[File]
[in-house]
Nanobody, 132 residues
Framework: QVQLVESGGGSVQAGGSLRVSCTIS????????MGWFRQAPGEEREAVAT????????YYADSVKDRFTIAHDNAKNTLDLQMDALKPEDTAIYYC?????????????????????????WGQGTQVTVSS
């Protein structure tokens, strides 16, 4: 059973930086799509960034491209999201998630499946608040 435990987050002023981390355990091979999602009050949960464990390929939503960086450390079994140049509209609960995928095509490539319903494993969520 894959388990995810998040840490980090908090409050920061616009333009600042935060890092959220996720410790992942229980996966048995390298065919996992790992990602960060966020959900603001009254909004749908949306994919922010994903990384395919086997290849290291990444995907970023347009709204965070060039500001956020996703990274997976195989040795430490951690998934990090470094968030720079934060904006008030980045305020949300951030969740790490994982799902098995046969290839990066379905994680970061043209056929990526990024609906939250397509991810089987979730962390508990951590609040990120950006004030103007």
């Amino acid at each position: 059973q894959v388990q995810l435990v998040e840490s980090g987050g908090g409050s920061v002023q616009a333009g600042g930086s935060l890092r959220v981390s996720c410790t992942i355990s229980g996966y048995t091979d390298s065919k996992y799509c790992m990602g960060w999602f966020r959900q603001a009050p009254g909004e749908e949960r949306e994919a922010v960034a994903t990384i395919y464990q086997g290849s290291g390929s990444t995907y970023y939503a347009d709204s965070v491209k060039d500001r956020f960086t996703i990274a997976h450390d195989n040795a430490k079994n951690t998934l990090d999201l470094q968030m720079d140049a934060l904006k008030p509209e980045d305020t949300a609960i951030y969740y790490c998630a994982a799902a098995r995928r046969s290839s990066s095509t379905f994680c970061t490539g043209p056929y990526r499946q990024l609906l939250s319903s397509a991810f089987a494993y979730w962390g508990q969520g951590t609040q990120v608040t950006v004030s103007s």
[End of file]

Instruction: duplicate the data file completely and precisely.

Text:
[in-house]
Nanobody, 132 residues
Framework: QVQLVESGGGSVQAGGSLRVSCTIS????????MGWFRQAPGEEREAVAT????????YYADSVKDRFTIAHDNAKNTLDLQMDALKPEDTAIYYC?????????????????????????WGQGTQVTVSS
């Protein structure tokens, strides 16, 4: 059973930086799509960034491209999201998630499946608040 435990987050002023981390355990091979999602009050949960464990390929939503960086450390079994140049509209609960995928095509490539319903494993969520 894959388990995810998040840490980090908090409050920061616009333009600042935060890092959220996720410790992942229980996966048995390298065919996992790992990602960060966020959900603001009254909004749908949306994919922010994903990384395919086997290849290291990444995907970023347009709204965070060039500001956020996703990274997976195989040795430490951690998934990090470094968030720079934060904006008030980045305020949300951030969740790490994982799902098995046969290839990066379905994680970061043209056929990526990024609906939250397509991810089987979730962390508990951590609040990120950006004030103007």
């Amino acid at each position: 059973q894959v388990q995810l435990v998040e840490s980090g987050g908090g409050s920061v002023q616009a333009g600042g930086s935060l890092r959220v981390s996720c410790t992942i355990s229980g996966y048995t091979d390298s065919k996992y799509c790992m990602g960060w999602f966020r959900q603001a009050p009254g909004e749908e949960r949306e994919a922010v960034a994903t990384i395919y464990q086997g290849s290291g390929s990444t995907y970023y939503a347009d709204s965070v491209k060039d500001r956020f960086t996703i990274a997976h450390d195989n040795a430490k079994n951690t998934l990090d999201l470094q968030m720079d140049a934060l904006k008030p509209e980045d305020t949300a609960i951030y969740y790490c998630a994982a799902a098995r995928r046969s290839s990066s095509t379905f994680c970061t490539g043209p056929y990526r499946q990024l609906l939250s319903s397509a991810f089987a494993y979730w962390g508990q969520g951590t609040q990120v608040t950006v004030s103007s």